Dee Ann had somewhat mixed emotions about it, too.

"I know I need to cherish every moment and remember they are growing up so fast, but I have to say that at 8:01 a.m. yesterday, I was cheering!"



For more information on Merriman Park Elementary, visit the school's PTA website.

Stay up to date on all the latest neighborhood school news on the LH Today Schools Page.

Want to share your good school news, too?

Email us at .(JavaScript must be enabled to view this email address) with an update about your campus and student activities.
The Facts & Myths of Dallas Recycling

Find out the facts and myths of Dallas recycling. ©Tim Sloan

These are items you can place in your bin to recycle.

These are items you cannot place in your bin to recycle.

In 2011, the City of Dallas was awarded the Green City Award for having the most effective recycling education program for a large city in the United States.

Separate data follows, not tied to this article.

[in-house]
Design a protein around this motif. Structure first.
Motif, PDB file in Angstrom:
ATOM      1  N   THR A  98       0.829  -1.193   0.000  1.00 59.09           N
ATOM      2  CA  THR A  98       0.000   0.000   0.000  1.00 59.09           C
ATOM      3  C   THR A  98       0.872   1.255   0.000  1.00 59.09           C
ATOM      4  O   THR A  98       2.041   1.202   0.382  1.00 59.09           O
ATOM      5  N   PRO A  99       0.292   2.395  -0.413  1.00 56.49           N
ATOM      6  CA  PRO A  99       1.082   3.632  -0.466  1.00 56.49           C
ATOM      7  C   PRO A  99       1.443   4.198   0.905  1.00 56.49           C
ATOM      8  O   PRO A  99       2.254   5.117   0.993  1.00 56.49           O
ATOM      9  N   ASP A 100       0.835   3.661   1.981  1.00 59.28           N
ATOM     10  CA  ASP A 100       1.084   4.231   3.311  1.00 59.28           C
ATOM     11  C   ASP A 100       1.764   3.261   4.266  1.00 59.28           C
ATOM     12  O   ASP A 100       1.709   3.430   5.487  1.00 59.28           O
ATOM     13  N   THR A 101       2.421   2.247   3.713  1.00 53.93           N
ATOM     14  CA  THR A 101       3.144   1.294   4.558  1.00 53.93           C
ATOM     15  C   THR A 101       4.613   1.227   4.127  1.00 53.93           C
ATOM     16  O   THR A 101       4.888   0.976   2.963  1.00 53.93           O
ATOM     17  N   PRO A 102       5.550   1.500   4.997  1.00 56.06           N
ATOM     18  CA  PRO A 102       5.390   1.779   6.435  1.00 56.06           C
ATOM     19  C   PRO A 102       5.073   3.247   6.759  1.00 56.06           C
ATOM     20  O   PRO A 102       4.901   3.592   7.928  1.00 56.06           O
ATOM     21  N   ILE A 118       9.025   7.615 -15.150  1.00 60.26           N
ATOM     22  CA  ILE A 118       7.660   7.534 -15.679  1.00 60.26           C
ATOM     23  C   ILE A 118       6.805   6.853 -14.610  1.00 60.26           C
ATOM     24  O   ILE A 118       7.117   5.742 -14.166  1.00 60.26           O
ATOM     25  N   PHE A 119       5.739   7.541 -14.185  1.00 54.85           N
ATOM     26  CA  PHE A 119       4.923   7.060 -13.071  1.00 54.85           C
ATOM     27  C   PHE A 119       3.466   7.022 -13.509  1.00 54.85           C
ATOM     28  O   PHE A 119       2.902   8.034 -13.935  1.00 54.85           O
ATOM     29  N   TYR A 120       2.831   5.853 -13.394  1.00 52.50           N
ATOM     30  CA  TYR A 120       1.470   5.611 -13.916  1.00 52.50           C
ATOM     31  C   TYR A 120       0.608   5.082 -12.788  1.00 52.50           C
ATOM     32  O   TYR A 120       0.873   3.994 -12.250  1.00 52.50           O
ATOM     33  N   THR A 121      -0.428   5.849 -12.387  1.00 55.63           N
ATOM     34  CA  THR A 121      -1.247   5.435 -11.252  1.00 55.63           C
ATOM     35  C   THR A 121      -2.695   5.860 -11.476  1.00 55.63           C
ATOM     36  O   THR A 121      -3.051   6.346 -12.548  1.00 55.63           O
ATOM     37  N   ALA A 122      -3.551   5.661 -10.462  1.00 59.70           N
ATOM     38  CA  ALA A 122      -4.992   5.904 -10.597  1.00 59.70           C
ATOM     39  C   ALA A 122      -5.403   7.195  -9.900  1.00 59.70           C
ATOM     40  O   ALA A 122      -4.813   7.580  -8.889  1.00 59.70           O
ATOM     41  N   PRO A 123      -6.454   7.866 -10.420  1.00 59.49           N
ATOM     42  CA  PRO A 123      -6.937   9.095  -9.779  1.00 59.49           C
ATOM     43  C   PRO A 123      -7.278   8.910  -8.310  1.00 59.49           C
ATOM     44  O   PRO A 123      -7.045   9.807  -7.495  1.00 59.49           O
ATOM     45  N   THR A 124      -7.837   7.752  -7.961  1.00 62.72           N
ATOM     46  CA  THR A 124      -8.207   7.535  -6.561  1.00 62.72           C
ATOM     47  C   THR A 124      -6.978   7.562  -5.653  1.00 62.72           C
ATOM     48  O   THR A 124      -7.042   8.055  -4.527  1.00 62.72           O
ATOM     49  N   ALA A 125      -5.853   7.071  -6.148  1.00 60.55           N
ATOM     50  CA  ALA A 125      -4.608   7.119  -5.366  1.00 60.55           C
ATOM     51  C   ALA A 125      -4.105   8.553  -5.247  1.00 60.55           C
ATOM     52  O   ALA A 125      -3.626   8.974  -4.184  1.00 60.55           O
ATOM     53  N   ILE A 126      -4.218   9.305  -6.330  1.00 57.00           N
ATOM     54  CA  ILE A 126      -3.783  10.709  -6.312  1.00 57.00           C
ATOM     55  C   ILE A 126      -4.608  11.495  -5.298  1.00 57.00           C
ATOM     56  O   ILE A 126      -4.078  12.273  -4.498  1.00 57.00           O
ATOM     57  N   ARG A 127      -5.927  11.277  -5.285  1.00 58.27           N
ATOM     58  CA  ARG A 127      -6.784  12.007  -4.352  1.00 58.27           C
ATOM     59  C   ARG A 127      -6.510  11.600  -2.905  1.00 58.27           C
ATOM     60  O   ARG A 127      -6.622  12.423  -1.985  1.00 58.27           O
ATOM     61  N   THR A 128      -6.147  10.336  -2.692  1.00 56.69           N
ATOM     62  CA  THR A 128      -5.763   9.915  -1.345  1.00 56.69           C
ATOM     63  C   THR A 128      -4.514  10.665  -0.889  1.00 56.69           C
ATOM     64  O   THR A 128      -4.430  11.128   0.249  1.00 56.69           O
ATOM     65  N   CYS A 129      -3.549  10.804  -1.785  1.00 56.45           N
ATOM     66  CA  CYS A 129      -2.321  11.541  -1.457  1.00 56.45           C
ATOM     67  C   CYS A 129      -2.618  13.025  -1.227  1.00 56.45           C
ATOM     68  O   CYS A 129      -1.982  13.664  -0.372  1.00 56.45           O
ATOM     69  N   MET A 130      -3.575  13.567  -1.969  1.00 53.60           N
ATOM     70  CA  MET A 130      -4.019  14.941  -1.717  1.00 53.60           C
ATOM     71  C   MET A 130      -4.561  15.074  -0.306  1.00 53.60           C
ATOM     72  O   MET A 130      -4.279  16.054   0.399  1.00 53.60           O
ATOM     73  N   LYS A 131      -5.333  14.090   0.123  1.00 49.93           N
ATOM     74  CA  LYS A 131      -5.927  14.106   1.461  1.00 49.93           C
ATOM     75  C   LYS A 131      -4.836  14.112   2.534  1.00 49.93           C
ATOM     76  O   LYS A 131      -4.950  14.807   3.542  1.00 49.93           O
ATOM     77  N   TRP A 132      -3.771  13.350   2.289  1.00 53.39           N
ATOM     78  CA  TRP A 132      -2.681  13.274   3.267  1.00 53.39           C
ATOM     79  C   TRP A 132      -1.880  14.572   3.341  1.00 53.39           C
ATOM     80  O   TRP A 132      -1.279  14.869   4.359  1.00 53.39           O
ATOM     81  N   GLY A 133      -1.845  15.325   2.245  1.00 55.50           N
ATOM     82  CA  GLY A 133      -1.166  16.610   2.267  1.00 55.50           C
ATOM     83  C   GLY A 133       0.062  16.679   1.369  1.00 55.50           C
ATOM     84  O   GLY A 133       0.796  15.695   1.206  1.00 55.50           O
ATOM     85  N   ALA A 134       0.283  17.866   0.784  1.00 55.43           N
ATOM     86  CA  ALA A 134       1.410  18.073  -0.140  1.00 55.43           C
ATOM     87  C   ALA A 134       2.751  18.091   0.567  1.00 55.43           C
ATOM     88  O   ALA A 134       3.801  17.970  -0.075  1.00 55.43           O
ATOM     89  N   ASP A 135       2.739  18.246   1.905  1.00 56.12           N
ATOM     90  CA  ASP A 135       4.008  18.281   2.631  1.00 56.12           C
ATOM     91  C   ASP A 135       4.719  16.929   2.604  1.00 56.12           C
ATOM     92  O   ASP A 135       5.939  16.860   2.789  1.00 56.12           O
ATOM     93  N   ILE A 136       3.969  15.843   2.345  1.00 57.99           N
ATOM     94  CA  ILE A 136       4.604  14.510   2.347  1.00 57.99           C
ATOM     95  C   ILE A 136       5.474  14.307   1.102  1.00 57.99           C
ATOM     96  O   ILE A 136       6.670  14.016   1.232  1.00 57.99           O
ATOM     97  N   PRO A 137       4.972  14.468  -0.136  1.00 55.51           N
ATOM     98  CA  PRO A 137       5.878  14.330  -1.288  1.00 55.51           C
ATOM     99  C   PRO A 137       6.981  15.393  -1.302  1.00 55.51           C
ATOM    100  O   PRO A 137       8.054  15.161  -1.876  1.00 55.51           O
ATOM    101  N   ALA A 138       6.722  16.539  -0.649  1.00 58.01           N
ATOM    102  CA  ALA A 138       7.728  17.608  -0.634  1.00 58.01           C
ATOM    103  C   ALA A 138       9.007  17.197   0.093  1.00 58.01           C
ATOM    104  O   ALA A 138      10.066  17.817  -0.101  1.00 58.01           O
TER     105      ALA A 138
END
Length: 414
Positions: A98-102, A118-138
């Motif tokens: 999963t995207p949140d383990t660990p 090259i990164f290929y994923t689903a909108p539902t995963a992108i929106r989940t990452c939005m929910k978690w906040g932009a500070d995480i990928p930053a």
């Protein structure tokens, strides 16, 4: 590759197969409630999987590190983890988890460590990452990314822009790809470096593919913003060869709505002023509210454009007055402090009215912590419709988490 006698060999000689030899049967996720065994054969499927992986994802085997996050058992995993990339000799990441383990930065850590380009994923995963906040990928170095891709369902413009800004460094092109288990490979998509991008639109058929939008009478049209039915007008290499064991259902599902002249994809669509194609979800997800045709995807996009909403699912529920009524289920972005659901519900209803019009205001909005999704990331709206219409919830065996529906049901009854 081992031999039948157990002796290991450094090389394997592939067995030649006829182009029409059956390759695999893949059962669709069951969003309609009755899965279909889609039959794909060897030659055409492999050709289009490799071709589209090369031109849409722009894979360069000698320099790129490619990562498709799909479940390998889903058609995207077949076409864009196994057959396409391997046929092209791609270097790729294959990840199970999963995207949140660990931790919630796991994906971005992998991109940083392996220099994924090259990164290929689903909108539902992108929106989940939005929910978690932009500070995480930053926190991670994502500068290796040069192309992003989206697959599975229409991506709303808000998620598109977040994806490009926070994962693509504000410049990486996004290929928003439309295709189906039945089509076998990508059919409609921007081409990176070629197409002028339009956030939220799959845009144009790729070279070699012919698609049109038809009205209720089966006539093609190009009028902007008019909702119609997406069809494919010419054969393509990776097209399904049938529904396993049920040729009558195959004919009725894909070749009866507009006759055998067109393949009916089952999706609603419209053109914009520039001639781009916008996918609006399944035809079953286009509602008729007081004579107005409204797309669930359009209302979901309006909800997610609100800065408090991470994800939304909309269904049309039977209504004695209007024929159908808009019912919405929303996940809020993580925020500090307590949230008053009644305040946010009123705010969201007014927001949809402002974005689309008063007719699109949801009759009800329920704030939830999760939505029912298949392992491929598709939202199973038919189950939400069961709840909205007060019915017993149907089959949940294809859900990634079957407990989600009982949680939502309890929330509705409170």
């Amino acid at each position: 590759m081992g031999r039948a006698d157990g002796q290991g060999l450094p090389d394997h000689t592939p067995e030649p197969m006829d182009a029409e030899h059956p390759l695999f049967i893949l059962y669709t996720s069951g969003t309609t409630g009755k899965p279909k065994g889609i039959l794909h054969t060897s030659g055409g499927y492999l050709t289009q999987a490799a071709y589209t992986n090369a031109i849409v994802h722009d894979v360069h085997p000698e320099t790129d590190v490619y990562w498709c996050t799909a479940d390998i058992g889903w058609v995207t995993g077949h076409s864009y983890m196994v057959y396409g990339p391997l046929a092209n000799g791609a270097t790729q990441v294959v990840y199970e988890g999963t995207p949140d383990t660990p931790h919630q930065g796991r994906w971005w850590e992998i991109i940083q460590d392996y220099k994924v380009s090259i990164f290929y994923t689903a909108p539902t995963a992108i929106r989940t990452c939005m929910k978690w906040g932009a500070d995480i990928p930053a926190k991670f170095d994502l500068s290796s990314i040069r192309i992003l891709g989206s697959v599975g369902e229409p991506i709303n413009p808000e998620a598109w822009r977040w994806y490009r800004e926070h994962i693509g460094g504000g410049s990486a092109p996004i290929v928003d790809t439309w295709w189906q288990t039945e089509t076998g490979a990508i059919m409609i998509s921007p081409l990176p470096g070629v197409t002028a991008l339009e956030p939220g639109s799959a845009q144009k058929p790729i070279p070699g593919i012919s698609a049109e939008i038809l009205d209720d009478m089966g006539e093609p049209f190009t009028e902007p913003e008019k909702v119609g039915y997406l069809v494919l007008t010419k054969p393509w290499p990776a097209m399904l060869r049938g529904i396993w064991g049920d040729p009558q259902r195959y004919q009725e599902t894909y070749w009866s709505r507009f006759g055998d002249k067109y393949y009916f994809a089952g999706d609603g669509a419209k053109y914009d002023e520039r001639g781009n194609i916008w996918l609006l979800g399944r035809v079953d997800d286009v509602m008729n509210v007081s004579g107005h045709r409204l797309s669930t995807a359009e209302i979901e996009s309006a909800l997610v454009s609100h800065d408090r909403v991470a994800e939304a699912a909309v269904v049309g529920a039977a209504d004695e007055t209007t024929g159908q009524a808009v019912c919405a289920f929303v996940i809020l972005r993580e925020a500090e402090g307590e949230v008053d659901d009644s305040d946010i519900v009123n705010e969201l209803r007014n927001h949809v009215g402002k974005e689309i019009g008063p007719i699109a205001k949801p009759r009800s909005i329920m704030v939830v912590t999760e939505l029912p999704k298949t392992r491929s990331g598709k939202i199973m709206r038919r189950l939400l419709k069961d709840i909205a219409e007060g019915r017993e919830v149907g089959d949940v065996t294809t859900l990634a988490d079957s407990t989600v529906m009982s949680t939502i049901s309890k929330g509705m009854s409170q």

It’s true that our beloved city does an effective job of getting the recycling word out to our schools and communities, but every blue moon we need a reminder.

One of our readers recently wrote in with a request for a recycling update article because she noticed conflicting information going around on some Next Door neighborhood message boards.

Thankfully, Lake Highlands Today contributor Cindy Engel came to the rescue!

One of the biggest topics in the neighborhood discussions were the blue plastic bags that people sometimes put their recyclables in.

According to Martin Riojas Jr., the Assistant Director of Sanitation Services with the City of Dallas, blue plastic bags (or any plastic bag) are not part of the City’s recycling program and by themselves, they are considered contamination.

"Placing your recyclables in a blue plastic bag does not mean that they are sent to the landfill," Rojas explained. "In a processing facility for recyclable material, several items travel through a conveyor belt and are sorted by people on the line. Contaminants are pulled out by these sorters and separated to be thrown away."